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U.S. v. DeJulius

August 5, 1997

UNITED STATES OF AMERICA APPELLANT,

v.

MICHAEL DEJULIUS APPELLEE.



ON APPEAL FROM THE UNITED STATES DISTRICT COURT FOR THE EASTERN DISTRICT OF PENNSYLVANIA

(D.C. Criminal No. 94-cr-00522-1)

BEFORE: STAPLETON and LEWIS, Circuit Judges and WALLS, *fn* District Judge.

LEWIS, Circuit Judge.

Filed August 5, 1997

ARGUED MAY 8, 1997

OPINION OF THE COURT

Michael DeJulius pleaded guilty to federal charges relating to a conspiracy to distribute nineteen pounds of methamphetamine. The district court sentenced DeJulius to 70-months imprisonment -- 30 months below the mandatory minimum sentence required by 21 U.S.C. Section(s) 841(b)(1)(A)(viii) for possession or distribution of 100 grams or more of methamphetamine. The government appeals on the basis that the district court erred by not applying the ten-year mandatory minimum sentence. We agree with the government and will reverse.

I.

On December 14, 1994, a federal grand jury returned an indictment charging DeJulius and four co-defendants on numerous counts arising from a conspiracy to manufacture and distribute methamphetamine. On May 15, 1995, DeJulius pleaded guilty to all charges against him. *fn1 The Presentence Investigation Report ("PSR") attributed nineteen pounds of methamphetamine to DeJulius, resulting in a base offense level of 34. DeJulius then received a 3-level acceptance of responsibility reduction, lowering his total offense level to 31. Taking into account his criminal history category of I and the applicability of the ten-year mandatory minimum for a quantity of methamphetamine over 100 grams, the PSR calculated the applicable guideline range at 120-135 months.

On August 15, 1995, DeJulius filed a sentencing memorandum objecting to the PSR. DeJulius's primary objection was to the quantity of methamphetamine attributed to him. Specifically, DeJulius argued that the ten-year mandatory minimum was not applicable unless the government could prove that the methamphetamine in question was actually D-methamphetamine as opposed to L-methamphetamine. *fn2

In response to DeJulius's objections, the district court held a sentencing hearing to determine whether the ten-year mandatory minimum sentence should apply. At the hearing, the government presented substantial evidence regarding both the quantity and quality of the methamphetamine attributable to DeJulius. This evidence included the testimony of Bradley Campbell, a forensic chemist employed by the DEA. Campbell stated that the methamphetamine attributable to DeJulius weighed 446.6 grams and contained 25%, or 111.6 grams, DL-methamphetamine hydrochloride. The district court adopted Campbell's testimony, finding that 111.6 grams of DL-methamphetamine were attributable to DeJulius. See United States v. DeJulius, No. 94-522-01, slip op. at 9 (E.D. Pa. July 15, 1996). *fn3 The court also concluded, however, that 111.6 grams of DL-methamphetamine was an insufficient quantity to trigger application of the ten-year mandatory minimum statute.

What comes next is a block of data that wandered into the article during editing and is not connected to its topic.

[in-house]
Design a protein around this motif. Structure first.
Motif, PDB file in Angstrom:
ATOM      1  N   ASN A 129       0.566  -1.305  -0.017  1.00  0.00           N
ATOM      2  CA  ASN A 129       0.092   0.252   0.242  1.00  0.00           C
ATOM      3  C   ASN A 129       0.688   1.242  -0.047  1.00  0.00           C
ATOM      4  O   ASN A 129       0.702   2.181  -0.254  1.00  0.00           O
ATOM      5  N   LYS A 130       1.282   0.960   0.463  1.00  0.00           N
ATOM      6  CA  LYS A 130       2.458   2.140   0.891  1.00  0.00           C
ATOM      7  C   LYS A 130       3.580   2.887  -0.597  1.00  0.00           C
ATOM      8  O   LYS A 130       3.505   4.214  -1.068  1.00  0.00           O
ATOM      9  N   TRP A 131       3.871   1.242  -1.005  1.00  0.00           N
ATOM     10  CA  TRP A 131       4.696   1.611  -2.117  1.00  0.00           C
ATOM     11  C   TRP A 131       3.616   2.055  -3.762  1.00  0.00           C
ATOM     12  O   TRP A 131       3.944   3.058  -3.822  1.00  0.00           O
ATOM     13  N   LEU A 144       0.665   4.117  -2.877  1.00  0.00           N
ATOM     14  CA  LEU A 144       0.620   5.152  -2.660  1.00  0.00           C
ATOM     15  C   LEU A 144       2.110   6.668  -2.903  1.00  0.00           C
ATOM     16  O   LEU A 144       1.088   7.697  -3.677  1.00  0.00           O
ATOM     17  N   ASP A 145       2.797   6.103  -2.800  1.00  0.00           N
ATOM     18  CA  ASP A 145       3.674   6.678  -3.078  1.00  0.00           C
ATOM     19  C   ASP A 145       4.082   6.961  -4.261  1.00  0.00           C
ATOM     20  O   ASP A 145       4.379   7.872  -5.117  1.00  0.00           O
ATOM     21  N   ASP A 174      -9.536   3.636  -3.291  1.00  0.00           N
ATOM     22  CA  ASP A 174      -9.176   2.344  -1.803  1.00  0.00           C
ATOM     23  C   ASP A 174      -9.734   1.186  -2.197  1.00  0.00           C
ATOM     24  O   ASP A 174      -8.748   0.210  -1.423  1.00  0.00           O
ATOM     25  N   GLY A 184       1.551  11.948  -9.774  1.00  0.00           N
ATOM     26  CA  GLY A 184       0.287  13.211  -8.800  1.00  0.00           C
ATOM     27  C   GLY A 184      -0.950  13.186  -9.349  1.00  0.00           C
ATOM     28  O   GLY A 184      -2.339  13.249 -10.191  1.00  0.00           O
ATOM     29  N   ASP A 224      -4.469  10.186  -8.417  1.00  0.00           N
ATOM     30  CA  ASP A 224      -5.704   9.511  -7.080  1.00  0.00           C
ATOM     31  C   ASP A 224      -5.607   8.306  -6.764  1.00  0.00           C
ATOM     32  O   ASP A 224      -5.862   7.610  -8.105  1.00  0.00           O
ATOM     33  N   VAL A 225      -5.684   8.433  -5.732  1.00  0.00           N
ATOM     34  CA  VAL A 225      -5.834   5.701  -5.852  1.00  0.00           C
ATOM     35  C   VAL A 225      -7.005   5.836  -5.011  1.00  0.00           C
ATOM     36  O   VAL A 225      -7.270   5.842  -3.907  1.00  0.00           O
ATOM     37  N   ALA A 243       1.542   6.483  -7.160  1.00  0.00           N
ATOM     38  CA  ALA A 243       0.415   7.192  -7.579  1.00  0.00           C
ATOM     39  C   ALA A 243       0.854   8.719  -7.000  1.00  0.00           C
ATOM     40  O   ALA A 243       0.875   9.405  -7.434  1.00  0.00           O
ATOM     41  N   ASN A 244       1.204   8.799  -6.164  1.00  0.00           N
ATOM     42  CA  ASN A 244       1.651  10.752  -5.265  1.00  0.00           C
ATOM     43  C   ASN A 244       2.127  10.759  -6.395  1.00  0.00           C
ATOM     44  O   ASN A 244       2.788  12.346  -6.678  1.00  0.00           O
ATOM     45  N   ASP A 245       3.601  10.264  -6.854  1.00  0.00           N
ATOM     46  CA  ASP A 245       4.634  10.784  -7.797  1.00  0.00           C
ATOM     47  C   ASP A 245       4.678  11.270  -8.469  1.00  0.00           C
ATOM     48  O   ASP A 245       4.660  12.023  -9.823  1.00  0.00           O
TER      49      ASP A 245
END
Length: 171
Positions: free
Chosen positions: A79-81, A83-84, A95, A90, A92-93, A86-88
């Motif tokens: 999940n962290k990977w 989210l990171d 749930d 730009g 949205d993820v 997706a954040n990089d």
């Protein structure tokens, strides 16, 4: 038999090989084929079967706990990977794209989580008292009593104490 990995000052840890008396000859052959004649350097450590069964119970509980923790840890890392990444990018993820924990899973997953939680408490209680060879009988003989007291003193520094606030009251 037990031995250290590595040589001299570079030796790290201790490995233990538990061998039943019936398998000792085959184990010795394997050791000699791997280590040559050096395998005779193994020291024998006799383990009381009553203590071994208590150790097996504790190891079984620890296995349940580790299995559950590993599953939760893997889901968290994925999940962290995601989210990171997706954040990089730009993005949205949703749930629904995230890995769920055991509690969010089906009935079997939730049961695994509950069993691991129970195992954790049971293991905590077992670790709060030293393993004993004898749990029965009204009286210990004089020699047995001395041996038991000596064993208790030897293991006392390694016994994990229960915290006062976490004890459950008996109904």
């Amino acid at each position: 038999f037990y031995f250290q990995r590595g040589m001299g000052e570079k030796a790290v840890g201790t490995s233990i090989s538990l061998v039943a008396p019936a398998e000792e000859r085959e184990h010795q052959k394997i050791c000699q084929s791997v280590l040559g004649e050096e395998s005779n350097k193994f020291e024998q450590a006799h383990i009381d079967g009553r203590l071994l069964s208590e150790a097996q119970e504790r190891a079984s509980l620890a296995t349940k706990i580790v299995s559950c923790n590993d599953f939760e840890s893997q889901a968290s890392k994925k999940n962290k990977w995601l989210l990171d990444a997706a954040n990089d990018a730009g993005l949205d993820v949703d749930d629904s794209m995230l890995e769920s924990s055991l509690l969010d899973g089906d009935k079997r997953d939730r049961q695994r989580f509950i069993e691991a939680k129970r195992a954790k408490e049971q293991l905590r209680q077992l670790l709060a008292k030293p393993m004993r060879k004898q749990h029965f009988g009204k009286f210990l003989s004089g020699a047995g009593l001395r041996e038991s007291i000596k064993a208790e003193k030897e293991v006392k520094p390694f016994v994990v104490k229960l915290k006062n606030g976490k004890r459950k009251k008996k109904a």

In reaching this conclusion, the court reasoned that DL-methamphetamine should be divided into its components -- D-methamphetamine and L-methamphetamine -- and that only D-methamphetamine could be counted toward the 100 grams required by the ten-year mandatory minimum. Assuming that our opinion in United States v. Bogusz, 43 F.3d 82 (3d Cir. 1994), dictated this result, the court reasoned:

I take this to mean that the [Bogusz] court expected we would convert DL-methamphetamine into its components, 50% D-methamphetamine and 50% L-methamphetamine, and calculate the value of each half separately for sentencing purposes, converting the L-half to its equivalent in marijuana. Performing that calculation in this case, the 111.6 grams of pure DL-methamphetamine attributable to the defendant are to be counted as 55.8 grams of D-methamphetamine, or methamphetamine (actual), and 55.8 grams of L-methamphetamine. DeJulius, slip op. at 19.

Thus, the district court concluded that because only D-methamphetamine could be considered "methamphetamine" under 21 U.S.C. Section(s) 841(b)(1)(A)(viii), and only 55.8 grams of D-methamphetamine could be attributed to the defendant, the ten-year mandatory minimum did not apply. *fn4 Instead, the court applied the five-year mandatory minimum provided by 21 U.S.C. Section(s) 841(b)(1)(B)(viii) for conduct involving ten grams or more of methamphetamine. *fn5 After ...


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